Plastics Recycling Update iconA patented cleaning process allows for the use of RPET in heat sealable polyester packaging film, and PET depolymerization technologies get a boost.

RPET cleaning for use in film: DuPont Teijin Films (DTF) has launched a line of heat sealable polyester films with up to 50 percent post-consumer RPET content, according to European Plastic Product Manufacturer magazine. To develop the heat sealable films, which are sealed onto the top of food trays, DTF worked with an RPET supplier sourcing scrap plastic from bottle deposit systems in a number of European countries. The plastic undergoes the patented URRC multi-step cleaning process developed by South Carolina-based United Resource Recovery Corporation (URRC). Veolia, a company using the technology, explains the steps involved on its website.

Improving PET processing: Quebec PET depolymerization startup Loop Industries has released a letter to investors with details on the company’s technology development. In the area of technology, Founder and CEO Daniel Solomita noted the work that went into developing the company’s Generation II DMT process. The Generation I PTA technology involves creating purified terephthalic acid (PTA) and monoethylene glycol (MEG), two common monomers of PET. Loop Industries eliminated water and chlorinated solvents from the purification process, reduced the number of reagents from five to two and cut the number of purification steps from 12 to four by shifting to the production of dimethyl terephthalate (DMT), another monomer of PET, instead of PTA, Solomita wrote.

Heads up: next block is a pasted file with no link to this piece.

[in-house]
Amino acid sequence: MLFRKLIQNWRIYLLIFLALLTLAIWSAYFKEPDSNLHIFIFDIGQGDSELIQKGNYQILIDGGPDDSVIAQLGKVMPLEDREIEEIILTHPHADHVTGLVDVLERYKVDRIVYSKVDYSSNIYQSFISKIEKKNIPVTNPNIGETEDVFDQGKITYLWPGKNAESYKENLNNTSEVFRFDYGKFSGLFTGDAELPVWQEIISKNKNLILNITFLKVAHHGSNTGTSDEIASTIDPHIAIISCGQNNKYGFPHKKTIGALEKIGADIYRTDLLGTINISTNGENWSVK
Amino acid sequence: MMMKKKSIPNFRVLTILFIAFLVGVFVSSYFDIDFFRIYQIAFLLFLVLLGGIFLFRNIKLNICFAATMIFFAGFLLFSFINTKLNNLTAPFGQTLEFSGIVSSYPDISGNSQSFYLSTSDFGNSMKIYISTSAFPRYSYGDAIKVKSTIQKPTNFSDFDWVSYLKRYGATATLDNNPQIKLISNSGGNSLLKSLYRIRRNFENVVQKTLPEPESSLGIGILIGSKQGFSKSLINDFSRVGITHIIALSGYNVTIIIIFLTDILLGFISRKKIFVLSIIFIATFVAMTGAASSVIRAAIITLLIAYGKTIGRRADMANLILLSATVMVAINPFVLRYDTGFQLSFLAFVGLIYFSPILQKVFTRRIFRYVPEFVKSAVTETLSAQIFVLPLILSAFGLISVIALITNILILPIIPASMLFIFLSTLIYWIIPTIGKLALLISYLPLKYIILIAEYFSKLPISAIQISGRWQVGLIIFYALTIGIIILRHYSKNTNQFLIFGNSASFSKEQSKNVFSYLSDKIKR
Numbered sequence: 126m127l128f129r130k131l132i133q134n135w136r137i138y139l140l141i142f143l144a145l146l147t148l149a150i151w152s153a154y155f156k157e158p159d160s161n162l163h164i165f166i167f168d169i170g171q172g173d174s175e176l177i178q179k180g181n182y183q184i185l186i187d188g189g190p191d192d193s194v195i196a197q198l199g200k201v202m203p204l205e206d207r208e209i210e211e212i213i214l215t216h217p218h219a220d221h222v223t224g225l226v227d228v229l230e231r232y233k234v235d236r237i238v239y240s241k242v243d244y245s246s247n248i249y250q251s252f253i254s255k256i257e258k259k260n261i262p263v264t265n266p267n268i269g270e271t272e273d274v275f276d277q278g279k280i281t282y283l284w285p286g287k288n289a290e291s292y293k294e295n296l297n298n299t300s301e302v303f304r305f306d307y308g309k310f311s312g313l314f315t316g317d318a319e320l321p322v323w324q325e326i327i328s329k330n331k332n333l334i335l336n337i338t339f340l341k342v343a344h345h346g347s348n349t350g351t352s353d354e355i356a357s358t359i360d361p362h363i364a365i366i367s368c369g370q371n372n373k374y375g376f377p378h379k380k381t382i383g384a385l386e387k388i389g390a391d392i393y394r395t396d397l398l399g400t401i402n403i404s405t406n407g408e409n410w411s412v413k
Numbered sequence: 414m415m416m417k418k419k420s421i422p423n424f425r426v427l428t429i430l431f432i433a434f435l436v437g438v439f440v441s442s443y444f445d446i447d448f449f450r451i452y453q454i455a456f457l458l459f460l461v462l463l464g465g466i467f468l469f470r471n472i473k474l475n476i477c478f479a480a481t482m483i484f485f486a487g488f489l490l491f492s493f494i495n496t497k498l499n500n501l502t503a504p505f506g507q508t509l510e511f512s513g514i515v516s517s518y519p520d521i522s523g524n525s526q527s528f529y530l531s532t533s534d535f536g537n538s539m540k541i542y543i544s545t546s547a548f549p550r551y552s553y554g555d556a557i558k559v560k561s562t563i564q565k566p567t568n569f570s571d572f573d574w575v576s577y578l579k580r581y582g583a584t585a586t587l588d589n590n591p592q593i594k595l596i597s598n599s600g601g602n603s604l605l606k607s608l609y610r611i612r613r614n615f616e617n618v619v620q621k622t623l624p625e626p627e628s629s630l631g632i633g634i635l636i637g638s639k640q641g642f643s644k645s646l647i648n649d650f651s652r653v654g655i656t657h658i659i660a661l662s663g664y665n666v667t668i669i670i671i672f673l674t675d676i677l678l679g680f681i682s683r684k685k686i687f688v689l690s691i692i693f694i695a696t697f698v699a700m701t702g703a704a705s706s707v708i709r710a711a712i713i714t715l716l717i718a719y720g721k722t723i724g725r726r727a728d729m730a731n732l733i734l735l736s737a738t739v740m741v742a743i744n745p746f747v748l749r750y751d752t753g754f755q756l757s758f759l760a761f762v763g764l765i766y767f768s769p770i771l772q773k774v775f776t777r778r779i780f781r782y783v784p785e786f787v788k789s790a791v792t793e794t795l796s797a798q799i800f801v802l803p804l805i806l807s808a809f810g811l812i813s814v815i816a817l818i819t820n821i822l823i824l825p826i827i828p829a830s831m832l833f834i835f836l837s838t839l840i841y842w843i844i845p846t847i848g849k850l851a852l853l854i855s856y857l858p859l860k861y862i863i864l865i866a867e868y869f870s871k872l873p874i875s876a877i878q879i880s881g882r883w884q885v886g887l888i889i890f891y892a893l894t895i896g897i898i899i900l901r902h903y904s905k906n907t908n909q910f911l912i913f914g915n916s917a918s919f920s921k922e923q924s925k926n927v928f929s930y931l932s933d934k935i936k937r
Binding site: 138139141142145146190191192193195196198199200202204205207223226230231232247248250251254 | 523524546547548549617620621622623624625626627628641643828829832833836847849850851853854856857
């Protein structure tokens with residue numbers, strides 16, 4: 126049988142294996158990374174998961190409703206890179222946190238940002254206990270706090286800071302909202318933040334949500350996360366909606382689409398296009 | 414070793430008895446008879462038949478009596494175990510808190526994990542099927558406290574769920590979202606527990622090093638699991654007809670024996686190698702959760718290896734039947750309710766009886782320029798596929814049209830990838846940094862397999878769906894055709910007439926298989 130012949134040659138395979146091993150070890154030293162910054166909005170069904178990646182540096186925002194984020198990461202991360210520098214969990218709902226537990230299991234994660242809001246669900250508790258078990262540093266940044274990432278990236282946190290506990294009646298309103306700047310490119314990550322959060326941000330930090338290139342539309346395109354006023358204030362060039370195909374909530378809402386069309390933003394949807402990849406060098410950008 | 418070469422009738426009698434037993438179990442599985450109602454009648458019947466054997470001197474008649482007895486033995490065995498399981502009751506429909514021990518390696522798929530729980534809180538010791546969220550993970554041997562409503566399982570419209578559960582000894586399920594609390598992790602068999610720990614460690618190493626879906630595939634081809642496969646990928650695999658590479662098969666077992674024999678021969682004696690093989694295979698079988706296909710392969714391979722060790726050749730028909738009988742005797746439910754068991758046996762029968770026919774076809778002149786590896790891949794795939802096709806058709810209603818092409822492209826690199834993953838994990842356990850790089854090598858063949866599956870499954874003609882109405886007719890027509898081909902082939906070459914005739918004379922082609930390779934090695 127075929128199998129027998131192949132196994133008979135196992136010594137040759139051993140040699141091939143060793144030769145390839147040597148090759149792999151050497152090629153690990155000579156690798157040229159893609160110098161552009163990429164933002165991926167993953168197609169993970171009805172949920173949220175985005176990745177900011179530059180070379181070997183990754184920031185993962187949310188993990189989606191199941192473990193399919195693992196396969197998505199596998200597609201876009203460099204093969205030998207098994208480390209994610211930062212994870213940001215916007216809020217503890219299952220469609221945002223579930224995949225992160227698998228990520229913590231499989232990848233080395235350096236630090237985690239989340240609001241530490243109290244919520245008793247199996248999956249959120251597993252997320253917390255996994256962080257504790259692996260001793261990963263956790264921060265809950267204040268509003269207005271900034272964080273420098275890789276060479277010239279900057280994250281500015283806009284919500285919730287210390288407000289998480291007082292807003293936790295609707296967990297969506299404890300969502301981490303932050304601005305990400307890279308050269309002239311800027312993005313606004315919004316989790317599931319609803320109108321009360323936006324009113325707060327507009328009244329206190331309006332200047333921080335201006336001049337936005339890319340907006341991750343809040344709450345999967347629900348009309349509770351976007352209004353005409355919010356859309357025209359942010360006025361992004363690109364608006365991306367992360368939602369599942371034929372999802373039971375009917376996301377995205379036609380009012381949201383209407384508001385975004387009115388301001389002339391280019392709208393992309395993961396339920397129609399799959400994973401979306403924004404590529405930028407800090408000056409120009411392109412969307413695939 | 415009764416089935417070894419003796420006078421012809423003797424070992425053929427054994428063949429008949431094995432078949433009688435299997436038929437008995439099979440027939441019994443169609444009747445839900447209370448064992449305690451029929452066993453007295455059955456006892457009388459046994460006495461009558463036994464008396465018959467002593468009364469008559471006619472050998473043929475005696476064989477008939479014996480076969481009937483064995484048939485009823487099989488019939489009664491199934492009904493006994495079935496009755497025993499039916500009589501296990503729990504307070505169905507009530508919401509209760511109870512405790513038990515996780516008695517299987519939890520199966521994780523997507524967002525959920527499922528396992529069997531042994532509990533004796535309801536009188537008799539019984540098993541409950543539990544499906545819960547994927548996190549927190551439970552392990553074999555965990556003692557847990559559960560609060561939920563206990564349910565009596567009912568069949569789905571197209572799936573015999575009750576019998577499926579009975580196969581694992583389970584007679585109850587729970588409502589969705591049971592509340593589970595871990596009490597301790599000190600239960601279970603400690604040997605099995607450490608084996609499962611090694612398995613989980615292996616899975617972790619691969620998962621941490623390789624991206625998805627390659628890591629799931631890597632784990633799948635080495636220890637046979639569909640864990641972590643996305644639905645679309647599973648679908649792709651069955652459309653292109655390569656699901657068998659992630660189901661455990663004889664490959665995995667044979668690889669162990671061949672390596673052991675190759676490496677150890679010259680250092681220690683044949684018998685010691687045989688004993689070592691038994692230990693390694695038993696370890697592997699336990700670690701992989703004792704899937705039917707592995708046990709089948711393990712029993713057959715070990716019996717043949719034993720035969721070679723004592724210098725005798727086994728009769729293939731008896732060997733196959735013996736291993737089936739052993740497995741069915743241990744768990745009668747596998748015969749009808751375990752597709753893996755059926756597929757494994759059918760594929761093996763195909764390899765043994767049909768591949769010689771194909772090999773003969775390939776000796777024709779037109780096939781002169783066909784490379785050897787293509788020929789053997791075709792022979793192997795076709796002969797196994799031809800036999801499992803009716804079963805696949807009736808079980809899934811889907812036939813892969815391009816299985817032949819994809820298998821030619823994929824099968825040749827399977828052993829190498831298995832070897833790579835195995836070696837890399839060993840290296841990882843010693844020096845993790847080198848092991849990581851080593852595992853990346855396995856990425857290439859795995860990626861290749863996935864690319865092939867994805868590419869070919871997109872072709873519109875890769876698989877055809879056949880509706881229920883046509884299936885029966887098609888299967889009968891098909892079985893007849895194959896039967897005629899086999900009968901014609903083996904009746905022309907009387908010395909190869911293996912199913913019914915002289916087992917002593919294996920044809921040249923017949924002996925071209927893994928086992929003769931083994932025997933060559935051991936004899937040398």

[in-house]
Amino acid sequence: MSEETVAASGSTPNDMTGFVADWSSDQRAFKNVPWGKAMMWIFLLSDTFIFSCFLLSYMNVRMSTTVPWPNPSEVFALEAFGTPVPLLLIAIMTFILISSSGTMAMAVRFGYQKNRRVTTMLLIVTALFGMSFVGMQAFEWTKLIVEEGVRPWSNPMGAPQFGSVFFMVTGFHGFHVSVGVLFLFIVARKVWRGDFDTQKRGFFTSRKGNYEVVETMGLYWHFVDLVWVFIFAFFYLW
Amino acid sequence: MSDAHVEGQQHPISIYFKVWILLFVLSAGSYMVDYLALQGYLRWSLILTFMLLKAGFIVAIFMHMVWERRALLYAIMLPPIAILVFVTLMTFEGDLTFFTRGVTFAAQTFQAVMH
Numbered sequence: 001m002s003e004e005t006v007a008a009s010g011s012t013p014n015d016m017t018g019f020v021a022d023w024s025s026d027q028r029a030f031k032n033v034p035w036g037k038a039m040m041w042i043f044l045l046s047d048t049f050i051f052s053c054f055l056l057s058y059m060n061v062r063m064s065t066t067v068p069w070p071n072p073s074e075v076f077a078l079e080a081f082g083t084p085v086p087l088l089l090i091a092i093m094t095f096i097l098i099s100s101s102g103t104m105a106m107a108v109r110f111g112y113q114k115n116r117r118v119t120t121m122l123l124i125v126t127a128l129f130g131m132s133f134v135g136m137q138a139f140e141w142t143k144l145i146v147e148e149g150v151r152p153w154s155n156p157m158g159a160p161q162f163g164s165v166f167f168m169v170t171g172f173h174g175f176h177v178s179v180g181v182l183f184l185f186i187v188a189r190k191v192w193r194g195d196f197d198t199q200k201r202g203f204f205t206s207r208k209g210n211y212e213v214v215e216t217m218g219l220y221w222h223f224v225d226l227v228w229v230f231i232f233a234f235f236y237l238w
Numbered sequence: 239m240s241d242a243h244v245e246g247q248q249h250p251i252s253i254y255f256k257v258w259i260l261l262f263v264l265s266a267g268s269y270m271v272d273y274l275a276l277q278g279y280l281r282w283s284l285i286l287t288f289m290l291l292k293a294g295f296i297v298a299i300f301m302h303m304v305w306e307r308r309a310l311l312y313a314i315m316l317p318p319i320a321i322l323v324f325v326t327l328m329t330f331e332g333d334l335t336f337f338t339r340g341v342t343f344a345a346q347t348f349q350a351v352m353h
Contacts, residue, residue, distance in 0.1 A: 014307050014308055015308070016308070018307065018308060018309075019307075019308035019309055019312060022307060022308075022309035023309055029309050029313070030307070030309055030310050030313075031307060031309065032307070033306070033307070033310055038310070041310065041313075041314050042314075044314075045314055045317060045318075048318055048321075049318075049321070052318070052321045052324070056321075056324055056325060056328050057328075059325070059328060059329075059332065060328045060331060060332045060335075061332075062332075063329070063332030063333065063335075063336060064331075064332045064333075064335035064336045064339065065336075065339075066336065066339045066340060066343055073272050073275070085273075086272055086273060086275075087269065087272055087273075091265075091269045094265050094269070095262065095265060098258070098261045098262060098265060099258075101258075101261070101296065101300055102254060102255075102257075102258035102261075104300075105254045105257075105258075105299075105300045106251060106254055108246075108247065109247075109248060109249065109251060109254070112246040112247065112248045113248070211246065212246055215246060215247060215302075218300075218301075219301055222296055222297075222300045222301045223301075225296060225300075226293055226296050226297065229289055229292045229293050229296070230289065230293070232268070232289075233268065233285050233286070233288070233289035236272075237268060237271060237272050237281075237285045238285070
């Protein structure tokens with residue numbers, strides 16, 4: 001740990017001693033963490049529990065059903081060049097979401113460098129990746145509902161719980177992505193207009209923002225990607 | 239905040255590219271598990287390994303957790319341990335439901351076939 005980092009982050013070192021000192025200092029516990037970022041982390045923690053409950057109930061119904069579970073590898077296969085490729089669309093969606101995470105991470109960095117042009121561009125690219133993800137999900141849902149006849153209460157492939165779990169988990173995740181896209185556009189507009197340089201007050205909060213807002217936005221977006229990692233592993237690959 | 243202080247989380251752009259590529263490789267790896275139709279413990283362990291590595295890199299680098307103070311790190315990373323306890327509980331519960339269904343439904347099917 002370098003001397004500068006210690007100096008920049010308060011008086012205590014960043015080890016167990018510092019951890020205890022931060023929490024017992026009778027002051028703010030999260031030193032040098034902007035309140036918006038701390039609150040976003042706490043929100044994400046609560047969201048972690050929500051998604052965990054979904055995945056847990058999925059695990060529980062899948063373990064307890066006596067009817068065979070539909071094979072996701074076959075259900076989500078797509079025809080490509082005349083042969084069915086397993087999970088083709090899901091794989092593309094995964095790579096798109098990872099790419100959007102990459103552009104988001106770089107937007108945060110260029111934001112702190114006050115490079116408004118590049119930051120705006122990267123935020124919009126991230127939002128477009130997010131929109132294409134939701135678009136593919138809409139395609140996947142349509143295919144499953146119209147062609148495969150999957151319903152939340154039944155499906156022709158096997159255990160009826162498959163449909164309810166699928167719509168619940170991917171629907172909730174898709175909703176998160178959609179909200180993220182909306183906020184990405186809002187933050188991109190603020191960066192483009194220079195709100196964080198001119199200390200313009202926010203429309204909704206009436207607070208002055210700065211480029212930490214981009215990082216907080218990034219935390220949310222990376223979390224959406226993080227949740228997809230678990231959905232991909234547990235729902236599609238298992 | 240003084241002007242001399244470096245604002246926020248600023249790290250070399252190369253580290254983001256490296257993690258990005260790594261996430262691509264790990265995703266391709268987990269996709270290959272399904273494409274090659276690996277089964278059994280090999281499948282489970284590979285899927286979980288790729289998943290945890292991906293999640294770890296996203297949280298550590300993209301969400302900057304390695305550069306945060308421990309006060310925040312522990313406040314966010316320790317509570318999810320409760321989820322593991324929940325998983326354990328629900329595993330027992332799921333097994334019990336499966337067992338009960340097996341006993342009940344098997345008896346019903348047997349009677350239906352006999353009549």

Marine plastics to building blocks: Plastics Technology writes about a project in Costa Rica to recycle marine plastics into construction blocks that are stronger yet lighter than traditional concrete ones. The product, called Ecoblock, is the result of a partnership between the Center for Regenerative Design and Collaboration and construction product maker Pedregal. The scrap plastic is recovered from marine environments before it’s cleaned, pelletized and used in an aggregate that is mixed with cement.

Financial assistance approved: A company that specializes in using enzymes to break down PET into its building blocks will receive a significant investment to help it scale up. Carbios and Toulouse White Biotechnology (TWB), which is working with Carbios on the project, have been approved by the French government to receive a total of 7.5 million euros (nearly $8.6 million) to advance the PET depolymerization technology.

Recyclable pouch released: Harney & Sons loose tea is now available in a barrier pouch that’s recyclable via retail PE film drop-offs. The new stand-up pouch contains an EVOH barrier layer, which protects the tea’s natural oils, and an embedded compatibilizer from Dow Chemical Co. The Retain brand compatibilizer disperses the EVOH evenly within the polyolefin matrix when the different layers are melted. The package is the result of a collaboration between Dow, Charter NEX Films and TC Transcontinental Packaging. Plastics Recycling Update provided an in-depth look at the Dow technology in 2016.

Putting itself on the radar: A company advancing a microwave-assisted PET depolymerization technology received a prize from the European Commission. Swiss company gr3n received a 2018 Innovation Radar Prize. Plastics Recycling Update reported in December the company was a finalist for the prize in the category of “Tech for Society.”

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